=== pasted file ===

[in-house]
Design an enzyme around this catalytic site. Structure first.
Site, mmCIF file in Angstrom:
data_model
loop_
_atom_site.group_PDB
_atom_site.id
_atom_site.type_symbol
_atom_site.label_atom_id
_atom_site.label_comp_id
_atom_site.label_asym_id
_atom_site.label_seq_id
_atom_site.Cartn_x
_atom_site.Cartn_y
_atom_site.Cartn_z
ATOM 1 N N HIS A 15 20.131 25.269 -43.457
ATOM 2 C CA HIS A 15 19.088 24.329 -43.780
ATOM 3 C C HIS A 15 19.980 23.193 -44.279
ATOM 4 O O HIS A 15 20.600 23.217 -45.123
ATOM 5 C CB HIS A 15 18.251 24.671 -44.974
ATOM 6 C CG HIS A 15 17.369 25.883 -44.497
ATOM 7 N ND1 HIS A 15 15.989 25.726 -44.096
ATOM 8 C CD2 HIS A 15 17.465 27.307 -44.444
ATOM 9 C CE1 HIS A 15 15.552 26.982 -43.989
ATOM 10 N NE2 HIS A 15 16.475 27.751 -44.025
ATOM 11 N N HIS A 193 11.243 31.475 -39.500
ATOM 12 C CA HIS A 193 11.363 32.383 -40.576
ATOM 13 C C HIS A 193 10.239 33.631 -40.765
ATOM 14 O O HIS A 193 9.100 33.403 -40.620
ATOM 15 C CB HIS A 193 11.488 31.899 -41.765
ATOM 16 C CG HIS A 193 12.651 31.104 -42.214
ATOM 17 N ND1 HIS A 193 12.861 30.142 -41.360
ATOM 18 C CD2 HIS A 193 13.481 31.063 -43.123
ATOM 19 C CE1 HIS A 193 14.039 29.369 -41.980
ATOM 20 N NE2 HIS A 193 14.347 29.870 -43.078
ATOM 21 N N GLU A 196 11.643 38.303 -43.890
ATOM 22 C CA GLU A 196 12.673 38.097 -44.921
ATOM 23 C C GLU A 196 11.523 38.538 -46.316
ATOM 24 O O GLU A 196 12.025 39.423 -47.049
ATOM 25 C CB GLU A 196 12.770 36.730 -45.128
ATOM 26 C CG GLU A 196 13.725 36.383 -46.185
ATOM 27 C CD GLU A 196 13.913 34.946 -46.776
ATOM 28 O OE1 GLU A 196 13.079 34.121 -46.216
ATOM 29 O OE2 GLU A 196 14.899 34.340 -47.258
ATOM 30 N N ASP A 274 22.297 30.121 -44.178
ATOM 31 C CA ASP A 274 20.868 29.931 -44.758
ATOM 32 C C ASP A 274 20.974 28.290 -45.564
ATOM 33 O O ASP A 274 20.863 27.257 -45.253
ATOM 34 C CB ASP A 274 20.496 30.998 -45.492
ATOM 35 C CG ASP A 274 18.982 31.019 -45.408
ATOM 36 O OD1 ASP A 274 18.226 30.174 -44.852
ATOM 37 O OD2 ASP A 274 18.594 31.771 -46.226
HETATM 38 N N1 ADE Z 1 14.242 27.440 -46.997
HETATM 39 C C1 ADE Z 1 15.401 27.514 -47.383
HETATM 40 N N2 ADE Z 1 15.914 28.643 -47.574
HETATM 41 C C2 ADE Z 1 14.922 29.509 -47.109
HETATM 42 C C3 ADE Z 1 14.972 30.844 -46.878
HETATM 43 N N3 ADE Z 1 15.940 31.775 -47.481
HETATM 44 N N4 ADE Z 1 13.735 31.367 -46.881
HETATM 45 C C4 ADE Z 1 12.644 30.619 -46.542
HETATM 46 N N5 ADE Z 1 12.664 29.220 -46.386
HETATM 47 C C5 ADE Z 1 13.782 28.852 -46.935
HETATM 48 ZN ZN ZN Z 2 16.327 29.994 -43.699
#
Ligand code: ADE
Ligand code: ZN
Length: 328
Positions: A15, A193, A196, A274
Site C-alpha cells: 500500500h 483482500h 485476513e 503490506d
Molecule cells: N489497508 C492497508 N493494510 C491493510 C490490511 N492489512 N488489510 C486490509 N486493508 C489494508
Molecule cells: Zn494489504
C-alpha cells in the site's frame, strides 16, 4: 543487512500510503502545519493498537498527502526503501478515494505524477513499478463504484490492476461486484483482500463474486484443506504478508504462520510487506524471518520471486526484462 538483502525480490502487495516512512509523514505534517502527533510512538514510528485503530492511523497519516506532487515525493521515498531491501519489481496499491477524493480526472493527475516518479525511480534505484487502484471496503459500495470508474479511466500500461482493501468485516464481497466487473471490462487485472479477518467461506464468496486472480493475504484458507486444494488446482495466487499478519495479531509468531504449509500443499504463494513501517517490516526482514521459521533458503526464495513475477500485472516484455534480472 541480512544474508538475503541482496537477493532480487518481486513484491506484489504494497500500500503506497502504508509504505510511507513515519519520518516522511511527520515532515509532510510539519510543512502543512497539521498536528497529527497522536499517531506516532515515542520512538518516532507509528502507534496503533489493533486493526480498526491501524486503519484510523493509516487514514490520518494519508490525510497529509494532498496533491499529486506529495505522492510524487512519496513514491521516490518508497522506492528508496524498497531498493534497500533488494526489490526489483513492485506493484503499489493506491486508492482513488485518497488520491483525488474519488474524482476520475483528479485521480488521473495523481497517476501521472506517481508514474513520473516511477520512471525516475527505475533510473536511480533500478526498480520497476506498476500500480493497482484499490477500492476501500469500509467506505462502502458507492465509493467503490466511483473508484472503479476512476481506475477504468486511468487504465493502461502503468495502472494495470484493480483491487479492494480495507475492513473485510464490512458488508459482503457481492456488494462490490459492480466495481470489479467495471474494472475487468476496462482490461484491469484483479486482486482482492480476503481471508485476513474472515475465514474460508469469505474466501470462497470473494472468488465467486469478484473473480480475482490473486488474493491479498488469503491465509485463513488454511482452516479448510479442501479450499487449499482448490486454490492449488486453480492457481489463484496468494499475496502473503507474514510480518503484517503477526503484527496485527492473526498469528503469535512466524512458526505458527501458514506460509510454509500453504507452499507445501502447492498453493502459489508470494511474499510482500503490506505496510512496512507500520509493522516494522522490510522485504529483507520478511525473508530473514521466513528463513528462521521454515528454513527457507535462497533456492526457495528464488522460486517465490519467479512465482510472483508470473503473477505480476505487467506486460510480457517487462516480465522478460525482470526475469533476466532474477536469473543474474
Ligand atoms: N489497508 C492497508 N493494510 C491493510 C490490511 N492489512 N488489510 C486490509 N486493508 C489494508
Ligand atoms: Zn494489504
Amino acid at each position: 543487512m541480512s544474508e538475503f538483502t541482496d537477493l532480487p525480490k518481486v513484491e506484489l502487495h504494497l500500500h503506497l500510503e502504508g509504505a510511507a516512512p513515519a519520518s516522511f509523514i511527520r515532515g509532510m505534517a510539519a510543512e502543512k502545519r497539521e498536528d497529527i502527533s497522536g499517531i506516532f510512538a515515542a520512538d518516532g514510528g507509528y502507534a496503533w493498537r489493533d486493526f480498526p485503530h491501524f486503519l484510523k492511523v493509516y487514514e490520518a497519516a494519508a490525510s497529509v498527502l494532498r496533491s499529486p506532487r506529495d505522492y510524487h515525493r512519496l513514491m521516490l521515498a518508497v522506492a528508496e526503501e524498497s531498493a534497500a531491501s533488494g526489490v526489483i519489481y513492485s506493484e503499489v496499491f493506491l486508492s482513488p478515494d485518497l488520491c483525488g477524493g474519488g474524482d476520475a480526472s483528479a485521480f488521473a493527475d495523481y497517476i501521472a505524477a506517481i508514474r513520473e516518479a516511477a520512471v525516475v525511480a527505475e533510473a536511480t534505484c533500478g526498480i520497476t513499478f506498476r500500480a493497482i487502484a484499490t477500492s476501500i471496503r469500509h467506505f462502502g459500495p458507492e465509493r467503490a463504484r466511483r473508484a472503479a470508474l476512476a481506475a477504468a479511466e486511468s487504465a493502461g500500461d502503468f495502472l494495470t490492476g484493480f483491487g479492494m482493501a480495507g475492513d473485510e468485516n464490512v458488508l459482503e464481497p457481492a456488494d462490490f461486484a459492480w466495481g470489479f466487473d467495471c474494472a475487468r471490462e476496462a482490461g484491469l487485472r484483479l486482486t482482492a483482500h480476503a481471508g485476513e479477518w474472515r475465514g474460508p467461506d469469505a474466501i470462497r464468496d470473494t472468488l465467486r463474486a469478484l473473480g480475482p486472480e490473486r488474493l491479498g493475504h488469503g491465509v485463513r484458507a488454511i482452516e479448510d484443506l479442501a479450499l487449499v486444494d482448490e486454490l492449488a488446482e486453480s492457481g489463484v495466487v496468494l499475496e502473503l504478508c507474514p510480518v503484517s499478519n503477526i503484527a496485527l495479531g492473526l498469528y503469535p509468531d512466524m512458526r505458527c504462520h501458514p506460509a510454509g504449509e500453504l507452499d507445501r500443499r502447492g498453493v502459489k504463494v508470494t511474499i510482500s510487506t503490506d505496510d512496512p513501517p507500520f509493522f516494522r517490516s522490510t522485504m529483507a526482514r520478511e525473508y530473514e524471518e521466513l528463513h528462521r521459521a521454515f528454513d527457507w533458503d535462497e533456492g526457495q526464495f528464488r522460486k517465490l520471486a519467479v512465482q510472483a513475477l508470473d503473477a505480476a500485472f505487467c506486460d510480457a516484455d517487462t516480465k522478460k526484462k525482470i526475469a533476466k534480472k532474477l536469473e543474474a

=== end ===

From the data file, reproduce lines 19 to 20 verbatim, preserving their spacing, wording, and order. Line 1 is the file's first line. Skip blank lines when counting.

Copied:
ATOM 4 O O HIS A 15 20.600 23.217 -45.123
ATOM 5 C CB HIS A 15 18.251 24.671 -44.974